The nature of the news business is to cover urgent, often tragic, events. While bad news attracts more engagement and attention from audiences, it also can contribute to feelings of anger and fear and, most recently, has been named as a reason for the growing trend of news avoidance.
In 2022, The Times of India (TOI) wanted to step away from some of the negative news and polarising rhetoric created by the pandemic and the conflict between Russia and Ukraine. It was a significant year, as India was celebrating 75 years of independence. TOI wanted to offer readers more reasons to acknowledge the past, celebrate the present, and build optimism about the future.
To do that, it created Times of a Better India, designed to showcase the many positive, inspiring stories typically overshadowed by big news stories.
Using TOI’s extensive nationwide network of journalists, TOI began compiling stories of India’s many successes and the progress it had shown since gaining its independence.
From India’s digital revolution to its advancements in art, conservation, agriculture, transportation, and more, Times of a Better India brought to light stories about the incredible advancements that had shaped India and poised it to continue thriving. What emerged was a picture of an “unstoppable India,” a country determined to continue moving forward toward even greater achievement.
Leveraging newspaper and digital access, TOI shared positive and encouraging stories to audiences of all ages, tailoring content to the format it was delivered in.
Through the printed newspaper, TOI shared 34 inspiring stories of previously overlooked successes by Indians. The in-depth coverage provided fresh insight into people, institutions, and organisations and included rare photos and infographics to help tell the story.
Online, TOI opened up its archives to share more than 100 additional positive stories, while readers were invited to share their own success stories. It also converted more than 30 stories into videos and used animations, source footage, drone shots, and photos to help tell the stories.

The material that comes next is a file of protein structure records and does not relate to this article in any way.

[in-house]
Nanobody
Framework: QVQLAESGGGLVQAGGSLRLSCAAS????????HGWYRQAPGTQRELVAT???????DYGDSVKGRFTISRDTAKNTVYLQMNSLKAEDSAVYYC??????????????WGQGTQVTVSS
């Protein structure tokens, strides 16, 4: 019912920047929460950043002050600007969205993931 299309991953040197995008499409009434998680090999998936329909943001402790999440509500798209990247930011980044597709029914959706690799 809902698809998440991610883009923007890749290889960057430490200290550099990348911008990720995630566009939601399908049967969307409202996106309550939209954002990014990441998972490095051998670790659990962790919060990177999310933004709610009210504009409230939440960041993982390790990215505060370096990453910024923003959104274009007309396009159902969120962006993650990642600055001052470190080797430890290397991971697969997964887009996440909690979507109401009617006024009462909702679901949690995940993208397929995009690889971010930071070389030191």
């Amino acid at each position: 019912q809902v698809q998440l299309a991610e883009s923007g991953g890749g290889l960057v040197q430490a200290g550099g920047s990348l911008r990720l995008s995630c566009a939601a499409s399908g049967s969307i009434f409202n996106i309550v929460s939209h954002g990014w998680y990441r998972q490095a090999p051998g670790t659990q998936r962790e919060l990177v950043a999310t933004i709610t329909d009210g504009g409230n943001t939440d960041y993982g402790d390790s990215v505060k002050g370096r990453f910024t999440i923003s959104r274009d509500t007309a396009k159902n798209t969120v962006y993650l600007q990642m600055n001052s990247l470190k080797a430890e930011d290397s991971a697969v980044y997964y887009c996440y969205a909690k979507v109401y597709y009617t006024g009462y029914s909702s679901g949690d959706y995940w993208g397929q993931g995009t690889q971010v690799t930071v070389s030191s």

An additional video series celebrated people who are working for a better India in ways that don’t often make headlines, such as highlighting the first woman project director at the iconic Indian Space Research Organization (ISRO), a celebrated badminton player-turned-coach and the first woman to head the State Bank of India.
Audiences responded favourably to such a positive approach, as proven by the numbers:
- The online content generated nearly 12 million views and attracted 4.6 million unique users.
- More than 2,000 readers contributed success stories they had witnessed or lived through, opening up the conversation and creating more excitement and interest around the initiative.
- The video stories were viewed more than 2 million times.
- The video series celebrating unique individuals enjoyed more than 1.5 million views.
Engaging readers with contests
Keeping readers engaged was crucial in the campaign, so TOI developed two contests that fit The Times of a Better India theme:
- The Big Picture Contest asked readers to identify a visual representing one of the success stories but with a key element obscured. More than 220,000 users participated in the contest.
- The Caption Contest was aimed at school students and encouraged them to write captions for a series of inspiring pictures. Then, they were tasked with getting their families and friends to vote for their captions. More than 120,000 captions were submitted, and more than 670,000 votes were cast in the contest.
Overall, the engagement of this campaign showed how valuable positive news can be: More than 260,000 users registered on the Web site and the content received over 23 million online engagements, with 1.47 million hashtag interactions. The estimated digital reach was nearly 369 million, but the lasting positive inspiration it provided is impossible to measure.